I disagree. Where is the equivalence? You can say this about the whole of education. Science actually works. The fact that Joe Public can’t explain why doesn’t equate science and religion. Students learn good science from their teachers…they might even believe them…but science changes with new discoveries. It isn’t static. Textbooks change. How does religion compare? Do the “authority figures” of religion say anything different today than they did 1000yrs ago?


Jon Garvey - #34321

October 12th 2010

Barry - #34297

“Do the “authority figures” of religion say anything different today than they did 1000yrs ago?”

That does seem a peculiarly ill-informed question.

Anselm/Karl Barth.
Duns Scotus/Richard Bauckham.

Start by working through those two pairs and then ask the question again.


Papalinton - #34329

October 12th 2010

@ Jon Garvey
“That does seem a peculiarly ill-informed question.

Anselm/Karl Barth.
Duns Scotus/Richard Bauckham.”

Are Barth and Bauckham contributing genuinely new and previously unknown facts at the cutting-edge of theology that builds on existing knowledge?  Or are they mainly reinterpreting afresh the existing corpus of information that forms the body of christian apologetics?  Will the outcome of their investigations contribute to greater cohesion and wider acceptance of aspects of christian doctrine?  Will both catholics and the plethora of protestant variants accept the general premise of the works of Barth and Bauckham and integrate these findings?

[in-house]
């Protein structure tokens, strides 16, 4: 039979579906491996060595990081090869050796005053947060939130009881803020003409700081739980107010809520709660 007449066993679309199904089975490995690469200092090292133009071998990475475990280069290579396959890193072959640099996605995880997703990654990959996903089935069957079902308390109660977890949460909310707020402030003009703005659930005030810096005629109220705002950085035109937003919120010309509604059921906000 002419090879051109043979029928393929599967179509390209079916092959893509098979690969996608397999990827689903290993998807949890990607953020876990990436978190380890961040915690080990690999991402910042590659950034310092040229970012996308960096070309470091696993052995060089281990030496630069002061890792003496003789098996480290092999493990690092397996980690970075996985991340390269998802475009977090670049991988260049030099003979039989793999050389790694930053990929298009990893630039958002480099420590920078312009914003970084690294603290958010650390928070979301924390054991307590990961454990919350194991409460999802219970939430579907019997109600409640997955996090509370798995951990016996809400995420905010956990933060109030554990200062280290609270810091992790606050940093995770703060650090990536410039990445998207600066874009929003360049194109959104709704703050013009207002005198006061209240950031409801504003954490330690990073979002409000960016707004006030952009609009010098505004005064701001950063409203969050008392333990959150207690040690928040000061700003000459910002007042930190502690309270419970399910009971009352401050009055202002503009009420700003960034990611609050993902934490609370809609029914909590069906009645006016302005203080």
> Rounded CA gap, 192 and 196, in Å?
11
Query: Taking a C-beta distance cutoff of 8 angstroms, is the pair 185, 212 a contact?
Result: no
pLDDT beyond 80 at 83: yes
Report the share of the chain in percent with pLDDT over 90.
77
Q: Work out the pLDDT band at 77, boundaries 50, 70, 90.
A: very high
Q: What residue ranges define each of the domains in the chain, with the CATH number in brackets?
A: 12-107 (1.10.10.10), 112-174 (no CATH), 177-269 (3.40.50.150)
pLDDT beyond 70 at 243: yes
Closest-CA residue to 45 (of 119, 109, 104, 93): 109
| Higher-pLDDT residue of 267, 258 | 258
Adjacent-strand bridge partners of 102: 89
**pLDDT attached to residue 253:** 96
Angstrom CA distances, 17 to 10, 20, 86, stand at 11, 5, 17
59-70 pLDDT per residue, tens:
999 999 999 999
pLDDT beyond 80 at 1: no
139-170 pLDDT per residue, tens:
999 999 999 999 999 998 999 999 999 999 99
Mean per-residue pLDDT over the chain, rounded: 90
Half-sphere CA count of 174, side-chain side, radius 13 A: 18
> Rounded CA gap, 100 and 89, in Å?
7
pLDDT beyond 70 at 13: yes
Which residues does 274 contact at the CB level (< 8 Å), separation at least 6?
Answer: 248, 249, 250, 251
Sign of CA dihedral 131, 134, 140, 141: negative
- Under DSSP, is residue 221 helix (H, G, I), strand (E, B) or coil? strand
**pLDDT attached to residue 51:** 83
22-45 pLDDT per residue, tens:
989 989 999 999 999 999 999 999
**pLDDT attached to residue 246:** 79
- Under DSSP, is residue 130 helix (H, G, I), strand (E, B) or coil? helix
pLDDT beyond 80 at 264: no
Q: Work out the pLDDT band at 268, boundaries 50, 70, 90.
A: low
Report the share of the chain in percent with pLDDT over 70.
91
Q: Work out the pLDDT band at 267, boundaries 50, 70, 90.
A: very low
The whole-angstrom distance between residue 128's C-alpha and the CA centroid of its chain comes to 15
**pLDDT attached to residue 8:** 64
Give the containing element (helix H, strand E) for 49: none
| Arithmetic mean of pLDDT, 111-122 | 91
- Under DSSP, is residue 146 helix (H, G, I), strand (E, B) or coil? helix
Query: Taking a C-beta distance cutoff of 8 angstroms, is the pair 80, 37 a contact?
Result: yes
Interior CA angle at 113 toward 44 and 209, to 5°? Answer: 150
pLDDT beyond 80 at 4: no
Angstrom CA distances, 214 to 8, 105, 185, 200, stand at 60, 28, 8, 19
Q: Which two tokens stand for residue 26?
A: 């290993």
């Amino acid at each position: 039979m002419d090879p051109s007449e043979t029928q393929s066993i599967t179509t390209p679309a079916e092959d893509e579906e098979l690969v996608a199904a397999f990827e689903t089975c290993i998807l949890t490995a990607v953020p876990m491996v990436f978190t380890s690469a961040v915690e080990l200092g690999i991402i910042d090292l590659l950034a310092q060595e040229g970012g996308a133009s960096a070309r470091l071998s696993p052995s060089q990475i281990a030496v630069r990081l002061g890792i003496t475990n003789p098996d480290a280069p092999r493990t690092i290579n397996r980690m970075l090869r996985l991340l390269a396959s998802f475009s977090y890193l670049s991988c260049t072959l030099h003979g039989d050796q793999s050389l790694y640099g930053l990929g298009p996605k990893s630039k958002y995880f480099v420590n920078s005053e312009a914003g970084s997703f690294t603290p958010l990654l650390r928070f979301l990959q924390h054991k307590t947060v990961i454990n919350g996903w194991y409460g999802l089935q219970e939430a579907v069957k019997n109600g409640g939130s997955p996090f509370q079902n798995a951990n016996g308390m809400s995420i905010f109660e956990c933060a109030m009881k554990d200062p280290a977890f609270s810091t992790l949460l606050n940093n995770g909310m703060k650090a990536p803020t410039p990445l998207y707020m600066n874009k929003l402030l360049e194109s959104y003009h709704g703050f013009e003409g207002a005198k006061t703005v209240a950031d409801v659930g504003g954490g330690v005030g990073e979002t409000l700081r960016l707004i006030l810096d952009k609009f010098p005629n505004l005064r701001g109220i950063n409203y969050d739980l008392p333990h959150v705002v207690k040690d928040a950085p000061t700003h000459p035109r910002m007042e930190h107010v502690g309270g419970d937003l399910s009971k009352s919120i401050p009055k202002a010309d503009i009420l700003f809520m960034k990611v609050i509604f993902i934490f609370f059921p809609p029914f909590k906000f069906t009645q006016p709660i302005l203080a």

Indeed from your reading,  I would be happy for an overview of their work from you on how they advance christian research and the extent to which these studies contribute to a clearer and less fractious perspective of christian experimental research.  Are the outcomes of their work generally accepted within the academic fraternity as seminal?

Is the likelihood of a Nobel Prize in order?

Cheers


Papalinton - #34354

October 12th 2010

@ Karl
Your analogy of the ‘science believer’ with ‘religious believer’ is precisely how the religious see those who have confidence in the sciences.  There is no “suppose” about it.  And indeed this is the basis that the religious see those who are not ‘of their kind’. The reason? The only reference point, the only basis available to believers to make sense of their world, is through the theist vision.  There are no other backstories available.  Indeed, religious people in the main do not portray worldliness,  given to naiveté, parochialism, narrow-focus and tribalism for, by the very nature of their monitored religious upbringing and communal training, have only experienced the world through the filter of the theist’s lens.